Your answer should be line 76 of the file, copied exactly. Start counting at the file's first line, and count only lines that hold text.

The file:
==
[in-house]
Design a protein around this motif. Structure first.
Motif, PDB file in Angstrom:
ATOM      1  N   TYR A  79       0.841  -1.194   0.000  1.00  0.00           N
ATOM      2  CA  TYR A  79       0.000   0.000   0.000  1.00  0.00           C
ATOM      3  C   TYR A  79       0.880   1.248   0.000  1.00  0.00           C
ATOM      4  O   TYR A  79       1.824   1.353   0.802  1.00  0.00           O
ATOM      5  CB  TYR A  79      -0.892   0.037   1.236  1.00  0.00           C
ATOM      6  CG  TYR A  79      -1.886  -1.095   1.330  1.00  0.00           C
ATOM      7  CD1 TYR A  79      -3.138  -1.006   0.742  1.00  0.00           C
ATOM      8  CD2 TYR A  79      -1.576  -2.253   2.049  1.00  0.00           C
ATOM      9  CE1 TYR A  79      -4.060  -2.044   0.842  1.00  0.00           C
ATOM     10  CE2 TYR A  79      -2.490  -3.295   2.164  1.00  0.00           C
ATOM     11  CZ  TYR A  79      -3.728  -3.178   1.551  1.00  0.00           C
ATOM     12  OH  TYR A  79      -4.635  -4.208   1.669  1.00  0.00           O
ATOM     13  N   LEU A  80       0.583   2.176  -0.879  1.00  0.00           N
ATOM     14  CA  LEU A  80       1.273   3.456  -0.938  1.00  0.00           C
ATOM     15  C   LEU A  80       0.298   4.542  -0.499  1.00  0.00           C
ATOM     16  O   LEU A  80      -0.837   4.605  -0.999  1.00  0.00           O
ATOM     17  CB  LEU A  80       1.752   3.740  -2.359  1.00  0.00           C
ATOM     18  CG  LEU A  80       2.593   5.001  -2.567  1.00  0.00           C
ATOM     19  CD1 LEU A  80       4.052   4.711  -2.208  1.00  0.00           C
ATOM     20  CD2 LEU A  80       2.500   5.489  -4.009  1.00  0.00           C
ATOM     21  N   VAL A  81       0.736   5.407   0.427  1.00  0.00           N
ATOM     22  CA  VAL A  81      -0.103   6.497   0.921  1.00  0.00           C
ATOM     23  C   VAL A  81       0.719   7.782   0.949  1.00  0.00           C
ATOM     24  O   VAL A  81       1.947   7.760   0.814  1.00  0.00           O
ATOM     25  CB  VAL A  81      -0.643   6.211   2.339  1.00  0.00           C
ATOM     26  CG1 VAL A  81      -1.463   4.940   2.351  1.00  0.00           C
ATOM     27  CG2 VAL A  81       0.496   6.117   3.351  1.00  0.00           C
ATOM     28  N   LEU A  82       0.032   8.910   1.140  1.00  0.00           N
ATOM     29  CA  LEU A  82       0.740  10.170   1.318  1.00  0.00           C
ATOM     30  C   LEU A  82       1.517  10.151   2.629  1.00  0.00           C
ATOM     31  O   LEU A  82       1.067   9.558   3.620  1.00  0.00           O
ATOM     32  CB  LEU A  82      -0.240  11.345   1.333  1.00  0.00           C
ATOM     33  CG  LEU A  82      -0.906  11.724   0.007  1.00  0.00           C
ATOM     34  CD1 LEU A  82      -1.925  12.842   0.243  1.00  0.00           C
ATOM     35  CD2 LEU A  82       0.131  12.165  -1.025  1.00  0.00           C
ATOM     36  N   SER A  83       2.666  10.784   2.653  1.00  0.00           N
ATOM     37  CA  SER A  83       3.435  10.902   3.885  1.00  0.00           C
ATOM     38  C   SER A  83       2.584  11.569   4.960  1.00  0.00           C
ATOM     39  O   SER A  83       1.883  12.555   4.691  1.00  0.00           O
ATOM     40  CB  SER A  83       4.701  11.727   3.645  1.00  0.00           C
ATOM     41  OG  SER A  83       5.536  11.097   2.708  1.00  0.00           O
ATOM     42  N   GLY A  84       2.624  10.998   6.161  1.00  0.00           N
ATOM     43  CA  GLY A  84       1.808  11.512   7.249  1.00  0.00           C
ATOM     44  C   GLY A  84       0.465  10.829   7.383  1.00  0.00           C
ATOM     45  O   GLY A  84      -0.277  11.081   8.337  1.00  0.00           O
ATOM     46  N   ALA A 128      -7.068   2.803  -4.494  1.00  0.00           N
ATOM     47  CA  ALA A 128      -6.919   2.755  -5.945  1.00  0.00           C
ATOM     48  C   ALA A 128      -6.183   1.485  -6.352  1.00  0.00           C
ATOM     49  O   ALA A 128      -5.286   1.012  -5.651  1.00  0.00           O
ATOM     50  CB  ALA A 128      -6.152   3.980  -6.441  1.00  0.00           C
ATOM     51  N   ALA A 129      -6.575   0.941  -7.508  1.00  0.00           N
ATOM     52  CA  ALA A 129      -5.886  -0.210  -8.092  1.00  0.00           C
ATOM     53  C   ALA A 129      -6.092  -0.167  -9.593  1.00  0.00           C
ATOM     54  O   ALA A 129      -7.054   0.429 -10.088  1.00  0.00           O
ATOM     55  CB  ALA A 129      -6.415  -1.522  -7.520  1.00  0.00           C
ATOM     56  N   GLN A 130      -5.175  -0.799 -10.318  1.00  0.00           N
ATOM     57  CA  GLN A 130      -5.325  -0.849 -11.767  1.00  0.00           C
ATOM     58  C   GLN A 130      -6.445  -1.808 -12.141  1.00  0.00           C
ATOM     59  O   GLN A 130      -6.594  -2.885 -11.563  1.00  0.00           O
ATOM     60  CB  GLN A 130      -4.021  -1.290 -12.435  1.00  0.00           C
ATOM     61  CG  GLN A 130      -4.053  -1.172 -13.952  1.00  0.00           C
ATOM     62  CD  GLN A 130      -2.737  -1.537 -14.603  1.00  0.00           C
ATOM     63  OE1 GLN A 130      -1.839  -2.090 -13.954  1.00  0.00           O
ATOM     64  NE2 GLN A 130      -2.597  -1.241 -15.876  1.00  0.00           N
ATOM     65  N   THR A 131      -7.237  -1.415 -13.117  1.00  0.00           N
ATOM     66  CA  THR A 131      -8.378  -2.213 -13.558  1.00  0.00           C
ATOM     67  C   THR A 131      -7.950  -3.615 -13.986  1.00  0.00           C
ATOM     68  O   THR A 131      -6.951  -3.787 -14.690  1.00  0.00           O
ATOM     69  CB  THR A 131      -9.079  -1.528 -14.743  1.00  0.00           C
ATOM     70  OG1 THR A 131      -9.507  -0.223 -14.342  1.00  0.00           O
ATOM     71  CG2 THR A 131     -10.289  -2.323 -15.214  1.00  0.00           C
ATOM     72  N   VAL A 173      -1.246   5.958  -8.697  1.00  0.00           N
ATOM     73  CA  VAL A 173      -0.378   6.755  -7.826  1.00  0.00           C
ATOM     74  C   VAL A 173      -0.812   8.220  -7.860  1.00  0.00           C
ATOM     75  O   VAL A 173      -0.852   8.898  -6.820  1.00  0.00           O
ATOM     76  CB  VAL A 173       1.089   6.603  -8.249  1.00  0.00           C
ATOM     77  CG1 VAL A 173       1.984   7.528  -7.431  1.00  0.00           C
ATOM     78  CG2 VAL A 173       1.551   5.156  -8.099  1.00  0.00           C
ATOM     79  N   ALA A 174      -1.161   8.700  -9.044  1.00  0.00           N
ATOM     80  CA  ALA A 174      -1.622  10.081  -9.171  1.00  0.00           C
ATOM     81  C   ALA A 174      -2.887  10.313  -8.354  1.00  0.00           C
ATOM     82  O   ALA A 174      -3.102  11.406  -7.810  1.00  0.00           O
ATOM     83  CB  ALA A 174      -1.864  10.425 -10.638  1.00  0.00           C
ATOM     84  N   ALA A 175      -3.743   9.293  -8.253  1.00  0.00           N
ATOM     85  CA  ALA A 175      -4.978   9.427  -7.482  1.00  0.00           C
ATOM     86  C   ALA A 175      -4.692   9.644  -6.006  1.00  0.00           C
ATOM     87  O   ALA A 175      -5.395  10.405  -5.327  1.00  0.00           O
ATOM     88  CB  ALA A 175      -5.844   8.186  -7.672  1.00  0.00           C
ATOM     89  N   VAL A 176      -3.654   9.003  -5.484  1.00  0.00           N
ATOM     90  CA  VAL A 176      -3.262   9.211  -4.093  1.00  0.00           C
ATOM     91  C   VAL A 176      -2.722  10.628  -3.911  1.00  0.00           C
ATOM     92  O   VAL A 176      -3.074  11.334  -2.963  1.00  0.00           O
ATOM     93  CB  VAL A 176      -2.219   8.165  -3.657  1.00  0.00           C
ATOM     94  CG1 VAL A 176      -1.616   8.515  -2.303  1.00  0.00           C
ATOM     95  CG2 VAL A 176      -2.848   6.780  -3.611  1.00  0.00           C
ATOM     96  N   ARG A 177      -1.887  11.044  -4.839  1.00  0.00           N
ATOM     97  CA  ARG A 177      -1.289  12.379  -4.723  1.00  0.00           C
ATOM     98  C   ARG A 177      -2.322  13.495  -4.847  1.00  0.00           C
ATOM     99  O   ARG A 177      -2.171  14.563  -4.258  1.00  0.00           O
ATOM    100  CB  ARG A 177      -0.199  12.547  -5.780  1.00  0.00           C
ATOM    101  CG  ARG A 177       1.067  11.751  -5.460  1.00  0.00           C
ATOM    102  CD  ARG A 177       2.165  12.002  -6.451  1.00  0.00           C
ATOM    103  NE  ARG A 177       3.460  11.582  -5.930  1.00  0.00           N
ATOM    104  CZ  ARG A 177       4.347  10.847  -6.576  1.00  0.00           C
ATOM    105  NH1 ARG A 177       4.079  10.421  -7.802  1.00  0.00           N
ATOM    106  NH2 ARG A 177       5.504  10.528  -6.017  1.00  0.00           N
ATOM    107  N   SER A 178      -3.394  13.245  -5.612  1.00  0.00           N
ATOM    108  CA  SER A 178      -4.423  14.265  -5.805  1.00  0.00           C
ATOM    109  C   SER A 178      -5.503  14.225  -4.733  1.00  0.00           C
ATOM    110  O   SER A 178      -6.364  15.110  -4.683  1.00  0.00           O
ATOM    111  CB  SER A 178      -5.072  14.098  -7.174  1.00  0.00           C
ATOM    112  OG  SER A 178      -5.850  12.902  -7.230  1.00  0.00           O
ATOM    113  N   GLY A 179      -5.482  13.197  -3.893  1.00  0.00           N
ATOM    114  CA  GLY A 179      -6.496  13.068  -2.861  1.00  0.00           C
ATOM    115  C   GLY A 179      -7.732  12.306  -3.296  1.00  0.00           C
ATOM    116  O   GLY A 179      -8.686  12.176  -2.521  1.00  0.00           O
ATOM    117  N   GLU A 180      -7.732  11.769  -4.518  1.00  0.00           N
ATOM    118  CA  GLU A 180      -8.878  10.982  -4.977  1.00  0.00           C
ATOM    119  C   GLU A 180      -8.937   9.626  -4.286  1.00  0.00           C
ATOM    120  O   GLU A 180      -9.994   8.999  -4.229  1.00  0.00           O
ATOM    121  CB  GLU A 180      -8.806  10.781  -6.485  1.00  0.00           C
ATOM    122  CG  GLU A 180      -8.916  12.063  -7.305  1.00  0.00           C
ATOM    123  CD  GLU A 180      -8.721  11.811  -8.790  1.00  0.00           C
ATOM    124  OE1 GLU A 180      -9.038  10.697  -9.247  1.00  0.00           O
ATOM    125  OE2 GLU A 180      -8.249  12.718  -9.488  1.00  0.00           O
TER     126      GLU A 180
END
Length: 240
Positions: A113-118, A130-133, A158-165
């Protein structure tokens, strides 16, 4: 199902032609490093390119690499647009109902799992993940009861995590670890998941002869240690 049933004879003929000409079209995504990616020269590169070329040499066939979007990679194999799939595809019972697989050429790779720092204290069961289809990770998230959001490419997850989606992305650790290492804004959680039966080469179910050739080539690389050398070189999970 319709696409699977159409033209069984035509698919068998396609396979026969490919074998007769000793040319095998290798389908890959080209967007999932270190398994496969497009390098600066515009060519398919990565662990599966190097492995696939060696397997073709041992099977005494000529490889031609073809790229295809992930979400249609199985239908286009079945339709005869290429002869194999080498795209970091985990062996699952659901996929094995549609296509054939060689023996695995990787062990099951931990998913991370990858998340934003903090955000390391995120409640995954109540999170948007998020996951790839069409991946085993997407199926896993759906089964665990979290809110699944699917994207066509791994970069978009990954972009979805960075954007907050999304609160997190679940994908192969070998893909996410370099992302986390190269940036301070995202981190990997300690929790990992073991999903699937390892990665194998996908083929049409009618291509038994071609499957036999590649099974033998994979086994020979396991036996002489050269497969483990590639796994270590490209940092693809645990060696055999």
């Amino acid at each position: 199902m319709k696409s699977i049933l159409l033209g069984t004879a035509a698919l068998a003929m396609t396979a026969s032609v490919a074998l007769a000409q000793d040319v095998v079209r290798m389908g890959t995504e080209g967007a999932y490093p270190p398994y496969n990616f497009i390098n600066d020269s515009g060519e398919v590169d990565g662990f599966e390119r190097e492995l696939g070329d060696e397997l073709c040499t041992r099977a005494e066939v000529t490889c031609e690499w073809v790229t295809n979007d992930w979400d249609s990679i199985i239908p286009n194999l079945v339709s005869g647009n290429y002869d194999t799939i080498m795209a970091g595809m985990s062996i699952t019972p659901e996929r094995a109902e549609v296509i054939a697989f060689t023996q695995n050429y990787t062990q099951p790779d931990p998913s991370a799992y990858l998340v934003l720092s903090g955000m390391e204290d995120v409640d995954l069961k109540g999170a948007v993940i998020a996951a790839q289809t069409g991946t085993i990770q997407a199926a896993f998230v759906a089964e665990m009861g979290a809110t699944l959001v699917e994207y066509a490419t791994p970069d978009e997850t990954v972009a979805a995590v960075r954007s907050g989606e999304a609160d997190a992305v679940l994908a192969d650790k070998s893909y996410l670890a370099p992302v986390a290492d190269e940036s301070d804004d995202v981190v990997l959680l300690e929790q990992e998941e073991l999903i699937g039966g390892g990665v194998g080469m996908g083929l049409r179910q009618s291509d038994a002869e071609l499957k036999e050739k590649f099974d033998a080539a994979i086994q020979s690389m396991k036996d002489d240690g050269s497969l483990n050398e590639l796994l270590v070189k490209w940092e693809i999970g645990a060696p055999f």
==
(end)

ATOM     73  CA  VAL A 173      -0.378   6.755  -7.826  1.00  0.00           C